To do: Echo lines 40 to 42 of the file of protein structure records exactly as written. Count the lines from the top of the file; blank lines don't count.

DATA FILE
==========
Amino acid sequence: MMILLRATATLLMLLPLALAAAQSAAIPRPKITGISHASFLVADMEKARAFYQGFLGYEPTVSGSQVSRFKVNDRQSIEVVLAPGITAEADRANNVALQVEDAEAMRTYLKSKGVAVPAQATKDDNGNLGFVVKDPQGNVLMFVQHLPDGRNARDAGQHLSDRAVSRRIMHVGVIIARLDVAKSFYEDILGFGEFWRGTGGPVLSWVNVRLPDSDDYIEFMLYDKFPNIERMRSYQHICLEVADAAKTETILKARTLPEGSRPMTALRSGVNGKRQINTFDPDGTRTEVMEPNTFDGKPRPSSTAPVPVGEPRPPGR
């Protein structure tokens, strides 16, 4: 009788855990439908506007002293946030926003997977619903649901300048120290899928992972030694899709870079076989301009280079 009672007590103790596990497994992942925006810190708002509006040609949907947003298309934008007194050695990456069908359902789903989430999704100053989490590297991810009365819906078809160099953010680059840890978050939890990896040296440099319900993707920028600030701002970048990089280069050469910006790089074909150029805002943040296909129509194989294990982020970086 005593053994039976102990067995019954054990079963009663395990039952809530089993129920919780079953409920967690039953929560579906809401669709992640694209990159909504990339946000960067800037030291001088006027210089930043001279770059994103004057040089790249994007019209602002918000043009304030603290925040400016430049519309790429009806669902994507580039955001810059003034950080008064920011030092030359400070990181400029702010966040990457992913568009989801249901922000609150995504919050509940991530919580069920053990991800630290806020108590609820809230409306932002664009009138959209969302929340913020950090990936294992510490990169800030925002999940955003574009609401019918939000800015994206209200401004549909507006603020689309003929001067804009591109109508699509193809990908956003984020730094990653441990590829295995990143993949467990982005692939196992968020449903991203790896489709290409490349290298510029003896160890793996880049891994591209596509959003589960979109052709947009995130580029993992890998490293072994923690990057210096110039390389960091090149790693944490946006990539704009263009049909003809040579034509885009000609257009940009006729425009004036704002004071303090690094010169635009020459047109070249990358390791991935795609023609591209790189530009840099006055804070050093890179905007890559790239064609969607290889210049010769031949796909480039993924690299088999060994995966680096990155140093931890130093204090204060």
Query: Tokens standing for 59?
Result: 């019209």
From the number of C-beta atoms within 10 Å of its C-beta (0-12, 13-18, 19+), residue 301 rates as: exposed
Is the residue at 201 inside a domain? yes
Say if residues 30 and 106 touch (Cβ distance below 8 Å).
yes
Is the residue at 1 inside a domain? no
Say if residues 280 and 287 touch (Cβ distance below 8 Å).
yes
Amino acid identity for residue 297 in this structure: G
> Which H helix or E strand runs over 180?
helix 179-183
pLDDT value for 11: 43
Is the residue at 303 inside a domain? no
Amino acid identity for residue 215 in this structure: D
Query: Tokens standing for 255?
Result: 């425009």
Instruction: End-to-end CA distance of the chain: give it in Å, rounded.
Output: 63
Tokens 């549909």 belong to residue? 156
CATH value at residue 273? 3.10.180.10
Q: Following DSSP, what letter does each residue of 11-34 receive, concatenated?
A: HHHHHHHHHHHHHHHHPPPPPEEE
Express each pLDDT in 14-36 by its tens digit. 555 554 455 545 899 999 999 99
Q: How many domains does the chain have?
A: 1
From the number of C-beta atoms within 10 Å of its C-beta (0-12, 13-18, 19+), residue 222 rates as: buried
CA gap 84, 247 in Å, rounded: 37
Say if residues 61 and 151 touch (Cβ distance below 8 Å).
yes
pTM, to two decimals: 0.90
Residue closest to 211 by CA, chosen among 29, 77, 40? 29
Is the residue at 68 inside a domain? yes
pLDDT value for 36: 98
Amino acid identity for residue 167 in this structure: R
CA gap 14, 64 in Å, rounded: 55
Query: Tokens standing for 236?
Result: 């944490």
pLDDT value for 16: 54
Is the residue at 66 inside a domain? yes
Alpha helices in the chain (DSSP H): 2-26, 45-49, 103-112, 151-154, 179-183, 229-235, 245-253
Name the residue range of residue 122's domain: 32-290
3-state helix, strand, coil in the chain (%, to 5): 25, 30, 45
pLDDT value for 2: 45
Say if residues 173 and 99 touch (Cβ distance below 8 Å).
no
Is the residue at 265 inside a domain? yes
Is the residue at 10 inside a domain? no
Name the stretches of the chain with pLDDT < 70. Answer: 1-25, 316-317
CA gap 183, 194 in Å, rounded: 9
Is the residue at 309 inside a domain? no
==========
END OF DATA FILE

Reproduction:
Result: 């944490």
pLDDT value for 16: 54
Is the residue at 66 inside a domain? yes